Learning Module 4: Discourse Communities and Academic Writing

July 7 – July 11

Writing assignments due this week

Reading assignments due this week

Participation due this week

July 11 — Comment on at least two blog posts from other students. You are welcome and encouraged to comment on more.


The end is nigh! Welcome to this, the last week of WRIT 1122. In this final week, it’s time to think anew about that question of yore, what is good writing, but to also think about what academic writing is because it’s in the title of the course after all.

The majority of the reading assignments for this week are fittingly alphabetic text, written by academics for an academic audience.  The video and press release are meant as a contrast of public writing to the study that Ariely, Kamenica and Prelec published in the Journal of Economic Behavior & Organization (more on that on the assignment sheet for Blog 7).  Read the assignment before doing this reading.

Trying to capture what academic writing is within one sentence is almost impossible except to say that it is a continual evolution of the writing you have been doing in school thus far and will continue to do in the future.  As a result, although there are notable differences in professional, public, and popular writing outside universities, those who write in these discourse communities too have been influenced by the writing done for and in school settings.  In the first assignment of this learning module, I’m going to ask you to think about what academic writing does better, different, or worse than other types of writing.

The larger concept of the week is that of discourse communities.  As you will read, discourse communities are communities that have a common set of communication expectations and protocols for participating in that community.  I made that sound fancy, but really, you are members of all sorts of formal and informal discourse communities already, whether it is your group of friends (lacrosse fans, video gamers), your family, your college major or your workplace.  Learning the “codes” of participation in those discourse communities is part of a college education, even as a college education is a series of overlapping discourse communities.  For example, in figure 1, a veterinarian would have specialist discourse as part of his or her profession, but would also know the discourses of biology majors, science majors, and college graduates.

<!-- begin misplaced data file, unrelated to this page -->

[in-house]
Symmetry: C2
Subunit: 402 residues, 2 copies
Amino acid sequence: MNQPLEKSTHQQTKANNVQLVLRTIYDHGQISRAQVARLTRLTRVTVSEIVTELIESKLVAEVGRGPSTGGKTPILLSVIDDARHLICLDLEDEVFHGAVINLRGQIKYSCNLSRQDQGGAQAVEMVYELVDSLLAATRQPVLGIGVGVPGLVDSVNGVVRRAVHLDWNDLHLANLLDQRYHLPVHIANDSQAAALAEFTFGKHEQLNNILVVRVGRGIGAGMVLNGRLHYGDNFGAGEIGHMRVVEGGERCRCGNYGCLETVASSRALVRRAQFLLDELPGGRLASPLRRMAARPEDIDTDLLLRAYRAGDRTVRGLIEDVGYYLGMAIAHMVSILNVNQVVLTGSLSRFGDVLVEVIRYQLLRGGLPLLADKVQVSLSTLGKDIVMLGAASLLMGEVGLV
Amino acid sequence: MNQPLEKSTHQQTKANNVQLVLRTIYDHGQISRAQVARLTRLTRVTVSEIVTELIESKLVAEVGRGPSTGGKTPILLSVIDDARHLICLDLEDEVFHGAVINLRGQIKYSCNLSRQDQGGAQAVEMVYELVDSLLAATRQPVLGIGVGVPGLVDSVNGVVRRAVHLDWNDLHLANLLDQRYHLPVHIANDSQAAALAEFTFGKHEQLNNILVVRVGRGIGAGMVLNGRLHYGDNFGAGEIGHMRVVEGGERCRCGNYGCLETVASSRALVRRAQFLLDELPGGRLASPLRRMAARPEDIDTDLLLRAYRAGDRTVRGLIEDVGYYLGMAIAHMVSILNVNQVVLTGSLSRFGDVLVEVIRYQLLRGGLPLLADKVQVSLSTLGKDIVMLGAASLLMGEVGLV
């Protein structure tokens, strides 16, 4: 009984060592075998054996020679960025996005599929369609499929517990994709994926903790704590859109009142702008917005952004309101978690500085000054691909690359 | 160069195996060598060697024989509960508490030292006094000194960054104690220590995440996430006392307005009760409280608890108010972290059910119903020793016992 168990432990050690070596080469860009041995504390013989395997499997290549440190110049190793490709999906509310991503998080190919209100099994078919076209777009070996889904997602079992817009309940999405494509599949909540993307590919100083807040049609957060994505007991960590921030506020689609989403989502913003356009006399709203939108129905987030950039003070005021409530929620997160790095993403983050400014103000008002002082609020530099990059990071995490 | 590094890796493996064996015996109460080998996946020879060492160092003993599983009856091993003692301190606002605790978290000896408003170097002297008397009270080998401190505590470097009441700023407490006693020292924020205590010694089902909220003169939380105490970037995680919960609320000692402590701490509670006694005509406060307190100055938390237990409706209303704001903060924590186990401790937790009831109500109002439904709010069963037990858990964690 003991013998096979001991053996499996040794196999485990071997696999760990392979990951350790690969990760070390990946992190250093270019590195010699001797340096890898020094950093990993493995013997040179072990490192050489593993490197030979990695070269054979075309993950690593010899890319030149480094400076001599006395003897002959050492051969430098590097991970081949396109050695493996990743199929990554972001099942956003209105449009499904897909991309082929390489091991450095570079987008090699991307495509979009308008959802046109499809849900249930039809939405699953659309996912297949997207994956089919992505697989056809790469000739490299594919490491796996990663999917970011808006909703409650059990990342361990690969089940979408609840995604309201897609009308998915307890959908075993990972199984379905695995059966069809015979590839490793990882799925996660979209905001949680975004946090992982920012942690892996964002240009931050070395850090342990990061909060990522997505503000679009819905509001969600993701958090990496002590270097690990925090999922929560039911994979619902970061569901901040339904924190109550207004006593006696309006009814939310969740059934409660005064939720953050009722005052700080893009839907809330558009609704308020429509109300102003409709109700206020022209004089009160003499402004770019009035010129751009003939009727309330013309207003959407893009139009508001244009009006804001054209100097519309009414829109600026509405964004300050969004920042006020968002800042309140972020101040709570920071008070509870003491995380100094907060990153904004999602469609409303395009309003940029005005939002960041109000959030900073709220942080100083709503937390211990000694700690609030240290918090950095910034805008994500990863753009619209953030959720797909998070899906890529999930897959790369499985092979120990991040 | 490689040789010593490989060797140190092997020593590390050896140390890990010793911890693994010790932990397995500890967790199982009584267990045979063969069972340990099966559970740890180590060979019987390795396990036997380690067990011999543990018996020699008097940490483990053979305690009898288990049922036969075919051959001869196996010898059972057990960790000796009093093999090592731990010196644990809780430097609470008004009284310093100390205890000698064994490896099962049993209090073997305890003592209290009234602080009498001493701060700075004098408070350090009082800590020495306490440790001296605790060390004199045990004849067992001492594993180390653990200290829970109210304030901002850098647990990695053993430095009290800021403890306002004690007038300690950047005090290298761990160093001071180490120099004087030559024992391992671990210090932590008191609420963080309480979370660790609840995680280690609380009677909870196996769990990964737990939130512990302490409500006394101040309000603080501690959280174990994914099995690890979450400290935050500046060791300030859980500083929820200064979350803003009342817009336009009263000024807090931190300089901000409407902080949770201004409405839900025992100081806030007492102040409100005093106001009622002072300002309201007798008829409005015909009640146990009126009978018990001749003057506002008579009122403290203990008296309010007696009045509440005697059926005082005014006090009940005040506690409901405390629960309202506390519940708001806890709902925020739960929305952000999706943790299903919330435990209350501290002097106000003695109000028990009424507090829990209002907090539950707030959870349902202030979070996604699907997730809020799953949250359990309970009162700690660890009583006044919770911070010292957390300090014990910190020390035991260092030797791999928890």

Figure 1. The discourse communities that a veterinarian would belong to

Of course, it is not that straightforward.  We don’t take the same courses or have the same professors or even do the same assignments, so there will be holes and absences in those circles, and you will note on the Discourse Communities & Academic Writing PowerPoint that there are discourses connected to particular activity systems that not even everyone in a specific profession will be a part of.

The James Paul Gee excerpt is from a larger book and should help you think more about this concept of discourses, and it should supplement the admittedly more complex ideas presented in this week’s PowerPoint.  The Little, Jordans, and Sayers’ study appeared in the journal Health, and it shows how patients, politicians, and doctors participate in the activity and discourse community of medicine. This study is interesting for its own sake, but I want you to note two new ideas presented in this article: colonization and the evolution of a discourse community.  When we enter a new discourse community, we attempt to bring our old discourses with us, and try to make those things fit even as the new discourse community is passively shaping us.  The concept is important to recognize as it is what you most likely have experienced thus far and will continue to experience.  They also briefly touch on the concept of the evolution of discourse communities, developed by the seminalists, inhabited by the epigones, then ideologues, then the authoritarians.  The literary analysis essay or lab report might be in the authoritarian stage, but where is Twitter or even the blog?

As a reminder for the week, all revisions and work for the course is due by July 11.

Learning Objectives

  • Adapt to different audiences using word choice, evidence, and media
  • Practice applying rhetorical concepts to new rhetorical situations.
  • Reflect on how writing matters to you individually and to society.
  • Differentiate audiences by analyzing how their values shape what evidence they might best respond to.